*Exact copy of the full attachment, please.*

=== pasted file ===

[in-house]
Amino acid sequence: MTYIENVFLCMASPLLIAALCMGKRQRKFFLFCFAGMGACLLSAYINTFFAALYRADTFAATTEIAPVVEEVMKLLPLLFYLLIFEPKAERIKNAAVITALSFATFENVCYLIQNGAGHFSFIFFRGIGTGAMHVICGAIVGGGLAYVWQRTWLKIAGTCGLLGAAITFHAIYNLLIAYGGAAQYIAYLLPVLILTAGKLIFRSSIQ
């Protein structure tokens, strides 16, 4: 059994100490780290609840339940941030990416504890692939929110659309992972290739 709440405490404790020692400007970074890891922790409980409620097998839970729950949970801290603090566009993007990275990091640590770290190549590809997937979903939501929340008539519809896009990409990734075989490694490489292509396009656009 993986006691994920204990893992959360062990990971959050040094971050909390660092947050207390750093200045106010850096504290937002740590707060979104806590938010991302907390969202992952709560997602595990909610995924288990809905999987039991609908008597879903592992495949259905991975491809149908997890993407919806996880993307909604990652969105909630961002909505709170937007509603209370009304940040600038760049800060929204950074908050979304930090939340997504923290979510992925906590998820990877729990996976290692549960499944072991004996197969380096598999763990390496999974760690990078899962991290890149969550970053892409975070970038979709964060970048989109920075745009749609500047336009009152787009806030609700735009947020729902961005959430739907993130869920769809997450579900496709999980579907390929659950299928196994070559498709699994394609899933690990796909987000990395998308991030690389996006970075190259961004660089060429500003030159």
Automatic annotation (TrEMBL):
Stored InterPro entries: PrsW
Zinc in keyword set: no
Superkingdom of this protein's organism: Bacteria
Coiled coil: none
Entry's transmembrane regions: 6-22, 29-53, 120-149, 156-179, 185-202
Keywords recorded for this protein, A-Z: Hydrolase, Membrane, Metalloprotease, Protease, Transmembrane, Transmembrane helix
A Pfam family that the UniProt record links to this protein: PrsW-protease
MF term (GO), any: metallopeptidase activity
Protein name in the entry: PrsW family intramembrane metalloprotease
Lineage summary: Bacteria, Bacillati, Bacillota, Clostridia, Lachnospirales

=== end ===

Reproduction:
[in-house]
Amino acid sequence: MTYIENVFLCMASPLLIAALCMGKRQRKFFLFCFAGMGACLLSAYINTFFAALYRADTFAATTEIAPVVEEVMKLLPLLFYLLIFEPKAERIKNAAVITALSFATFENVCYLIQNGAGHFSFIFFRGIGTGAMHVICGAIVGGGLAYVWQRTWLKIAGTCGLLGAAITFHAIYNLLIAYGGAAQYIAYLLPVLILTAGKLIFRSSIQ
């Protein structure tokens, strides 16, 4: 059994100490780290609840339940941030990416504890692939929110659309992972290739 709440405490404790020692400007970074890891922790409980409620097998839970729950949970801290603090566009993007990275990091640590770290190549590809997937979903939501929340008539519809896009990409990734075989490694490489292509396009656009 993986006691994920204990893992959360062990990971959050040094971050909390660092947050207390750093200045106010850096504290937002740590707060979104806590938010991302907390969202992952709560997602595990909610995924288990809905999987039991609908008597879903592992495949259905991975491809149908997890993407919806996880993307909604990652969105909630961002909505709170937007509603209370009304940040600038760049800060929204950074908050979304930090939340997504923290979510992925906590998820990877729990996976290692549960499944072991004996197969380096598999763990390496999974760690990078899962991290890149969550970053892409975070970038979709964060970048989109920075745009749609500047336009009152787009806030609700735009947020729902961005959430739907993130869920769809997450579900496709999980579907390929659950299928196994070559498709699994394609899933690990796909987000990395998308991030690389996006970075190259961004660089060429500003030159």
Automatic annotation (TrEMBL):
Stored InterPro entries: PrsW
Zinc in keyword set: no
Superkingdom of this protein's organism: Bacteria
Coiled coil: none
Entry's transmembrane regions: 6-22, 29-53, 120-149, 156-179, 185-202
Keywords recorded for this protein, A-Z: Hydrolase, Membrane, Metalloprotease, Protease, Transmembrane, Transmembrane helix
A Pfam family that the UniProt record links to this protein: PrsW-protease
MF term (GO), any: metallopeptidase activity
Protein name in the entry: PrsW family intramembrane metalloprotease
Lineage summary: Bacteria, Bacillati, Bacillota, Clostridia, Lachnospirales